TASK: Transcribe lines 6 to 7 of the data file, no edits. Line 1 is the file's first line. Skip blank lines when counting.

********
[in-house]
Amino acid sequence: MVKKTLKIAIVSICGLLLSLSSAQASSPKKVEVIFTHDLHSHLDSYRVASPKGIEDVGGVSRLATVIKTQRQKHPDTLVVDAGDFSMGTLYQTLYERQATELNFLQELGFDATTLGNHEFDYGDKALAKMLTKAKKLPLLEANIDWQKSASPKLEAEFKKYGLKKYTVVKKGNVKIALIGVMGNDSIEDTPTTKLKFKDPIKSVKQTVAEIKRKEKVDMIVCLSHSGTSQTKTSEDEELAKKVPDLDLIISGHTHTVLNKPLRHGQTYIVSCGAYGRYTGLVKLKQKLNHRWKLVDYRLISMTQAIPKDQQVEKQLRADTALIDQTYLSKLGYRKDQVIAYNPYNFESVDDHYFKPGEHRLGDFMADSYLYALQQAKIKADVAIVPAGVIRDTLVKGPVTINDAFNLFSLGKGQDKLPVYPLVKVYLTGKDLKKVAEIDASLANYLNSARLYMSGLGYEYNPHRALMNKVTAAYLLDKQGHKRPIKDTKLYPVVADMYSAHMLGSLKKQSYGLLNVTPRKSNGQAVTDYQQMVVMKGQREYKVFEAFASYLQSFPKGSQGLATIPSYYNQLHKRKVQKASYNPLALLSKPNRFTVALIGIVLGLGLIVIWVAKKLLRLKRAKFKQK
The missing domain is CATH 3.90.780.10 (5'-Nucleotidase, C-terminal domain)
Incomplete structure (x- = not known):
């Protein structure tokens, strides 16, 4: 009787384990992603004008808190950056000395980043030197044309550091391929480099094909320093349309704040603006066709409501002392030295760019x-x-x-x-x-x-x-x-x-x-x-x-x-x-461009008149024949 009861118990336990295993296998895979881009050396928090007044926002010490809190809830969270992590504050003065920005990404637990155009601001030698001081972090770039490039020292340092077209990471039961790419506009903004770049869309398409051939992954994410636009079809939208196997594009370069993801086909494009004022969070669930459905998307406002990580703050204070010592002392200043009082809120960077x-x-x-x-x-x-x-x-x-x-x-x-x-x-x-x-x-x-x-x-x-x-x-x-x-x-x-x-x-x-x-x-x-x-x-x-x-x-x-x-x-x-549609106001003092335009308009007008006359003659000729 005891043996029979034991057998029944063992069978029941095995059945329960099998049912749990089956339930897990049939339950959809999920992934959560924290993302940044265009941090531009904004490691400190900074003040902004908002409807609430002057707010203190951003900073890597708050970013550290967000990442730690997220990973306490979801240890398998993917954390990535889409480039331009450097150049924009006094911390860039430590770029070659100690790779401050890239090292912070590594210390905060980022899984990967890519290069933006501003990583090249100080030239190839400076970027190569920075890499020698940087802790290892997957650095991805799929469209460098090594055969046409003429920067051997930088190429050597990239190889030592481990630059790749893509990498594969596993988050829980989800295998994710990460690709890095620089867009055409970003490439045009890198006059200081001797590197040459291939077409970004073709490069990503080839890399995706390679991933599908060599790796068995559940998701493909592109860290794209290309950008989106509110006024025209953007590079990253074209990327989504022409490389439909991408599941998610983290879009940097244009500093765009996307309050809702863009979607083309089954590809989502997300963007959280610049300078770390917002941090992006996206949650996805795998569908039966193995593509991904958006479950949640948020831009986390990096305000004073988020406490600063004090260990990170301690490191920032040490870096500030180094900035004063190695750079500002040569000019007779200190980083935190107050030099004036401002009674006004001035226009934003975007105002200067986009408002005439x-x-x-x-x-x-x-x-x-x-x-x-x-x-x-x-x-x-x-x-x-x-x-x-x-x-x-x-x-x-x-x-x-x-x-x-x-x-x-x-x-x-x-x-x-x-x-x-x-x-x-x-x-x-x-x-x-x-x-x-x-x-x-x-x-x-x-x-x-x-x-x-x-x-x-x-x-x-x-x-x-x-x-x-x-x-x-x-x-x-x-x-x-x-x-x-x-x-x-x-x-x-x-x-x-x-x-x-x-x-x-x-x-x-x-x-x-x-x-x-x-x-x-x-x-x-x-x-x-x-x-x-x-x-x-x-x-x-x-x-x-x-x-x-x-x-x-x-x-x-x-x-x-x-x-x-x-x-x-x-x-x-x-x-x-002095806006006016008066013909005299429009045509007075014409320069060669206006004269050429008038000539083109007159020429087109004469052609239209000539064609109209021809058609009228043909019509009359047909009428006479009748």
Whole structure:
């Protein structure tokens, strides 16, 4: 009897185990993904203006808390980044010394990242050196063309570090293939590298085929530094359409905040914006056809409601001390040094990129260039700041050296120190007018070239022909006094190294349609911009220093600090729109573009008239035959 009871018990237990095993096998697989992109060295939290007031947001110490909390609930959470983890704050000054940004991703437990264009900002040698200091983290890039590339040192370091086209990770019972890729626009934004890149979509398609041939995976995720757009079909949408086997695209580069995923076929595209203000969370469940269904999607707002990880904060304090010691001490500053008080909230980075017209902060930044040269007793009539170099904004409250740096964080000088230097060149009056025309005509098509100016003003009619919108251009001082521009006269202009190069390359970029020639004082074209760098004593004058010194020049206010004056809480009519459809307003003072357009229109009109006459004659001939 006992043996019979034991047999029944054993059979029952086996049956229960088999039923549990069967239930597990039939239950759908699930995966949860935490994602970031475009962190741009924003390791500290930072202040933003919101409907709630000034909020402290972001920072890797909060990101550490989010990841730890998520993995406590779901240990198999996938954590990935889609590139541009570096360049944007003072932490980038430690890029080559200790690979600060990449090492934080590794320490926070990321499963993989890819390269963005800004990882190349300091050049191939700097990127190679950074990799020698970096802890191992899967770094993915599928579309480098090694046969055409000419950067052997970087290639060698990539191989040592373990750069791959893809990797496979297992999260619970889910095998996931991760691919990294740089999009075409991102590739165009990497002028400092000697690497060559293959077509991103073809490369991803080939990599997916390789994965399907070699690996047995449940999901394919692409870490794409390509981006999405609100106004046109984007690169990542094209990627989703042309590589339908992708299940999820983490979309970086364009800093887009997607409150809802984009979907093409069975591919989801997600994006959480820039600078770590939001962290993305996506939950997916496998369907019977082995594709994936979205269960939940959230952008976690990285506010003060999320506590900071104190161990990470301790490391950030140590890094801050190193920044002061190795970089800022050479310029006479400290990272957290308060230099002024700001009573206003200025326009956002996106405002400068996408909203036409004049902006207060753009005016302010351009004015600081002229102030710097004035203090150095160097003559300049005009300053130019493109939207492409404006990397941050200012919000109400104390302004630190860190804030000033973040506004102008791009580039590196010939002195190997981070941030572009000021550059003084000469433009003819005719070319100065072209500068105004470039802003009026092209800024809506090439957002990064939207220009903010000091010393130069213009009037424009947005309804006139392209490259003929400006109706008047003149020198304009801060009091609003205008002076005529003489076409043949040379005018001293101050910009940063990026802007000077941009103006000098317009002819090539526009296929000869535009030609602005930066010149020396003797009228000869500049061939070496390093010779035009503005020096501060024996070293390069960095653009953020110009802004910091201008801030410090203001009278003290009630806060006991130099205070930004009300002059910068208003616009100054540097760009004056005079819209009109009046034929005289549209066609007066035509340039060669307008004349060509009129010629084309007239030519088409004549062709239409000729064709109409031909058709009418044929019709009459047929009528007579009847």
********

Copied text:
Whole structure:
């Protein structure tokens, strides 16, 4: 009897185990993904203006808390980044010394990242050196063309570090293939590298085929530094359409905040914006056809409601001390040094990129260039700041050296120190007018070239022909006094190294349609911009220093600090729109573009008239035959 009871018990237990095993096998697989992109060295939290007031947001110490909390609930959470983890704050000054940004991703437990264009900002040698200091983290890039590339040192370091086209990770019972890729626009934004890149979509398609041939995976995720757009079909949408086997695209580069995923076929595209203000969370469940269904999607707002990880904060304090010691001490500053008080909230980075017209902060930044040269007793009539170099904004409250740096964080000088230097060149009056025309005509098509100016003003009619919108251009001082521009006269202009190069390359970029020639004082074209760098004593004058010194020049206010004056809480009519459809307003003072357009229109009109006459004659001939 006992043996019979034991047999029944054993059979029952086996049956229960088999039923549990069967239930597990039939239950759908699930995966949860935490994602970031475009962190741009924003390791500290930072202040933003919101409907709630000034909020402290972001920072890797909060990101550490989010990841730890998520993995406590779901240990198999996938954590990935889609590139541009570096360049944007003072932490980038430690890029080559200790690979600060990449090492934080590794320490926070990321499963993989890819390269963005800004990882190349300091050049191939700097990127190679950074990799020698970096802890191992899967770094993915599928579309480098090694046969055409000419950067052997970087290639060698990539191989040592373990750069791959893809990797496979297992999260619970889910095998996931991760691919990294740089999009075409991102590739165009990497002028400092000697690497060559293959077509991103073809490369991803080939990599997916390789994965399907070699690996047995449940999901394919692409870490794409390509981006999405609100106004046109984007690169990542094209990627989703042309590589339908992708299940999820983490979309970086364009800093887009997607409150809802984009979907093409069975591919989801997600994006959480820039600078770590939001962290993305996506939950997916496998369907019977082995594709994936979205269960939940959230952008976690990285506010003060999320506590900071104190161990990470301790490391950030140590890094801050190193920044002061190795970089800022050479310029006479400290990272957290308060230099002024700001009573206003200025326009956002996106405002400068996408909203036409004049902006207060753009005016302010351009004015600081002229102030710097004035203090150095160097003559300049005009300053130019493109939207492409404006990397941050200012919000109400104390302004630190860190804030000033973040506004102008791009580039590196010939002195190997981070941030572009000021550059003084000469433009003819005719070319100065072209500068105004470039802003009026092209800024809506090439957002990064939207220009903010000091010393130069213009009037424009947005309804006139392209490259003929400006109706008047003149020198304009801060009091609003205008002076005529003489076409043949040379005018001293101050910009940063990026802007000077941009103006000098317009002819090539526009296929000869535009030609602005930066010149020396003797009228000869500049061939070496390093010779035009503005020096501060024996070293390069960095653009953020110009802004910091201008801030410090203001009278003290009630806060006991130099205070930004009300002059910068208003616009100054540097760009004056005079819209009109009046034929005289549209066609007066035509340039060669307008004349060509009129010629084309007239030519088409004549062709239409000729064709109409031909058709009418044929019709009459047929009528007579009847």